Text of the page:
As someone to whom words and art come like breathing but math is often more like pulling teeth, I personally really enjoyed this article; especially as I suspect part of my problem with numbers later in life has been caused by some kind of fundamental disconnect with the concepts as they relate to the “real” world around me.
Math is definitely one of those things that can “conjure pure horror” in my mind when even the though of being responsible to communicate such a vital concept to future generations is raised. So having it broken down in a simple and relatable way soothes my racing heart, and gives me hope for those little minds to come.
Emily, that was very well said. I appreciate the differentiation between arithmetic and mathematics — math is definitely a way of thinking, an approach to solving problems. I hope I can instill my love of math in my son.
If anyone wants to check out some really great math videos on youtube that make math fun, search for “vihart”, or go to her blog here: http://vihart.com/
She looks at the amazing stuff that math can be and it’s tons of fun.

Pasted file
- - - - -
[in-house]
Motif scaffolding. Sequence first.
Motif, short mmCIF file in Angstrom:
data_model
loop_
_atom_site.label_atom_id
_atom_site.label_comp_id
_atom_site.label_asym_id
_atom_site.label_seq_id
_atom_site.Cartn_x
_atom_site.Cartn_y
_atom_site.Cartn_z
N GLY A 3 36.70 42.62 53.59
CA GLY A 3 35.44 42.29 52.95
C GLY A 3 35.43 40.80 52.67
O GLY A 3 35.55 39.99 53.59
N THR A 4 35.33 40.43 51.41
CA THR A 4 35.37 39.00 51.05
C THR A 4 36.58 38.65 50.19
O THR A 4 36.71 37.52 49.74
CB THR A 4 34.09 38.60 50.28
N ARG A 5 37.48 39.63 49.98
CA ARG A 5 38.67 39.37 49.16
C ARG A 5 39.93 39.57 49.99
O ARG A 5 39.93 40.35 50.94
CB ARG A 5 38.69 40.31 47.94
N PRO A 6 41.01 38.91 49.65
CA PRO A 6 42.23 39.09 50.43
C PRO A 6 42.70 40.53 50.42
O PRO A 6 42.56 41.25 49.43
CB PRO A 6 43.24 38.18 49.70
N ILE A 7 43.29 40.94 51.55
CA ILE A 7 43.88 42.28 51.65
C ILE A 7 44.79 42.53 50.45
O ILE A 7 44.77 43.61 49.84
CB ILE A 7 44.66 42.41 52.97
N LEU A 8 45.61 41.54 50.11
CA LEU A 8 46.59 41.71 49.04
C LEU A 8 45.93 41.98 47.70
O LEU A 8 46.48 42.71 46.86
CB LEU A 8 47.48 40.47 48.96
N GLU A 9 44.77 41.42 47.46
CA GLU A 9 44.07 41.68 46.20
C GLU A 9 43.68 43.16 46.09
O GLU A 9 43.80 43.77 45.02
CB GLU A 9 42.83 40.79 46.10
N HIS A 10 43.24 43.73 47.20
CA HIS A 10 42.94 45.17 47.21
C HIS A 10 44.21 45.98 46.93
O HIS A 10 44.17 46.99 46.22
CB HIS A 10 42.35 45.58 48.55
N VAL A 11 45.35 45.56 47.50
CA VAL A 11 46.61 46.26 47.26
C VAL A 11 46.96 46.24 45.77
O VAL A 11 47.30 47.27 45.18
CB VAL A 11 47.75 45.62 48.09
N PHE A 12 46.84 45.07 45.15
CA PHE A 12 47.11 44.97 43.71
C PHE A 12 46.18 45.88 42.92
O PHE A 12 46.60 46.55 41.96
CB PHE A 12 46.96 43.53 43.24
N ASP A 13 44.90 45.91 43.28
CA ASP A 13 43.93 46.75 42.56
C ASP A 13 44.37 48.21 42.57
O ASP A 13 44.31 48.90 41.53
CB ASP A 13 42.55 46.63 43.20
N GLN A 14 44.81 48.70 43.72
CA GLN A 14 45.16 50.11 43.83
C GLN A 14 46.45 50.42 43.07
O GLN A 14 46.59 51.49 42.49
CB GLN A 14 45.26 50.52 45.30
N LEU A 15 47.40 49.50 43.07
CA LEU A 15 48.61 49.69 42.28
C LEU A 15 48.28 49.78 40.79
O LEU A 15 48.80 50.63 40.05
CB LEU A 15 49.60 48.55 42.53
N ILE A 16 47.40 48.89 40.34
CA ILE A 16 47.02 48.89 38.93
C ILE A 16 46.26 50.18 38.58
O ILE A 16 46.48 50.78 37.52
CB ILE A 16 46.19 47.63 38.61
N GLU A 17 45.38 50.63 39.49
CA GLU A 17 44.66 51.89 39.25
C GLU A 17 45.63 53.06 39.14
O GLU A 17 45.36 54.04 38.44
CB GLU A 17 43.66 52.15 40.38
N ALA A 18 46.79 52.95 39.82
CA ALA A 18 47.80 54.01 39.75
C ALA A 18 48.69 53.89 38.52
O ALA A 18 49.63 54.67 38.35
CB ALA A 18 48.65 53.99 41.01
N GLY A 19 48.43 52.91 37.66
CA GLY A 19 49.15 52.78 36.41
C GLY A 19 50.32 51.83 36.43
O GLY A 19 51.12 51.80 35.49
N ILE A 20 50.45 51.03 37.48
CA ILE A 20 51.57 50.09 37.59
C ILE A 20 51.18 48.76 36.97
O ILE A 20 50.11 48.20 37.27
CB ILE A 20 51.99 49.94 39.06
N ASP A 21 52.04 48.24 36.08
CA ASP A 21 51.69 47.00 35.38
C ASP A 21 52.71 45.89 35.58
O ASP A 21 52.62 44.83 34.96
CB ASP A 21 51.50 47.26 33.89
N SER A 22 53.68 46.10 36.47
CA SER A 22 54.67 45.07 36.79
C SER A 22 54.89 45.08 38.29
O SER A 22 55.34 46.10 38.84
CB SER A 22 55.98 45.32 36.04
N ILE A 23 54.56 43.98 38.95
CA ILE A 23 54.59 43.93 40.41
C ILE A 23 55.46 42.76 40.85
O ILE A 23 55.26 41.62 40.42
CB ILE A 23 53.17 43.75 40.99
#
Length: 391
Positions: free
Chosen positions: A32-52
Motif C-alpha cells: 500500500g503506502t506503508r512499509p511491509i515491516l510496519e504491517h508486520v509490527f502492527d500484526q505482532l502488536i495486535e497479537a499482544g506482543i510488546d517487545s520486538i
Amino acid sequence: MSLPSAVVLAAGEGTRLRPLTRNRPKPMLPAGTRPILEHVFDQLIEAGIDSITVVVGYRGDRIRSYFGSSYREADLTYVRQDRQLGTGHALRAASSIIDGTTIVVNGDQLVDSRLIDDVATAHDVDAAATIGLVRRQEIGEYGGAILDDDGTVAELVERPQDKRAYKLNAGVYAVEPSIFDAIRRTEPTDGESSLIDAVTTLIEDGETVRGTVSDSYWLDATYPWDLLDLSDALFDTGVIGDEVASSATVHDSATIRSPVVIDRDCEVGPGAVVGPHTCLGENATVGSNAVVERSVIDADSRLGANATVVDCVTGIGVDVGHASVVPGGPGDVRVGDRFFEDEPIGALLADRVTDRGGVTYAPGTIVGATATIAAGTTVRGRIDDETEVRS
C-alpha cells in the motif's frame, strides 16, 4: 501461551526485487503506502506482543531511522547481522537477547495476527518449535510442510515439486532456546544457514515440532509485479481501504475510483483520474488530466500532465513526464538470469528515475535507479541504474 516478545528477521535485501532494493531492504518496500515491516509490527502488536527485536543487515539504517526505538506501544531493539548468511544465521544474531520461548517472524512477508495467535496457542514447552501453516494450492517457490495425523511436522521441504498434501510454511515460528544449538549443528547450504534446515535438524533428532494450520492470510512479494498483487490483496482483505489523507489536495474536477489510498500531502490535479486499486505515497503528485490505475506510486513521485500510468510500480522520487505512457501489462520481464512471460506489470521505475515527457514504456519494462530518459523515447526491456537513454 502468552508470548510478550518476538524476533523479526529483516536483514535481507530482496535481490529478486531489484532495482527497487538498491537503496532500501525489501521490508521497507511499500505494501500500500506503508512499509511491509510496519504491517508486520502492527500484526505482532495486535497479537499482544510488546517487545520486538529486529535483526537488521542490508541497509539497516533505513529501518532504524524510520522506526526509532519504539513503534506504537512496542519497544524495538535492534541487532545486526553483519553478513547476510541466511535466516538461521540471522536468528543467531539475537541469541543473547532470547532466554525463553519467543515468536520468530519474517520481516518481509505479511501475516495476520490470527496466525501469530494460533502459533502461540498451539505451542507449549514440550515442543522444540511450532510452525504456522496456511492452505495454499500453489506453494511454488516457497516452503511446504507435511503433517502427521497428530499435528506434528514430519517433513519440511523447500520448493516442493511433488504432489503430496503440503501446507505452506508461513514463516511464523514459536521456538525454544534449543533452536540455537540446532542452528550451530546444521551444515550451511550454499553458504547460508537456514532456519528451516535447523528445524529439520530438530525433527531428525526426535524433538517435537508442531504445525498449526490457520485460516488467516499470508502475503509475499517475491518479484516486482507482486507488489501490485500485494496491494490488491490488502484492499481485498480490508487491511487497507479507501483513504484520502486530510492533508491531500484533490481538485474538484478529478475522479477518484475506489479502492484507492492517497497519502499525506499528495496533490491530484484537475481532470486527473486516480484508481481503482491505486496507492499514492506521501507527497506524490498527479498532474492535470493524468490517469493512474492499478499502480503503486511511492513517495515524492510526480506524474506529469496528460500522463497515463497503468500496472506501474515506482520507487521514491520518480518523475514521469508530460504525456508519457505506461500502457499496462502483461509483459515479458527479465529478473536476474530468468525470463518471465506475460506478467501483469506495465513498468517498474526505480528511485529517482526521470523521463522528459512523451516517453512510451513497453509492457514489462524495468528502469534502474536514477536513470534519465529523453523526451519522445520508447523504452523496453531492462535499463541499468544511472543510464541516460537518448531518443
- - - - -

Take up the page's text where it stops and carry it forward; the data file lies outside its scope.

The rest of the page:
What an awesome post!! I really appreciate the idea that learning math is not just about learning numbers, but about learning to apply logic and mental energy (and sometimes numbers)
to make things happen. This really made me think.
Someday, I hope to be a math teacher. You have put into words exactly what I try to teach my children about math and why I love it so much! I’m sharing this with everyone! 🙂
What’s interesting is that I’m not very good at arithmetic or doing calculations in my head, but as a scientist, I use math in my job all the time. I do everything from calculating the area of wetlands in acres to determining if a client would violate their stormwater permit if they release water from a certain pond with certain concentrations of permitted constituents at a certain flow rate over a certain period of time.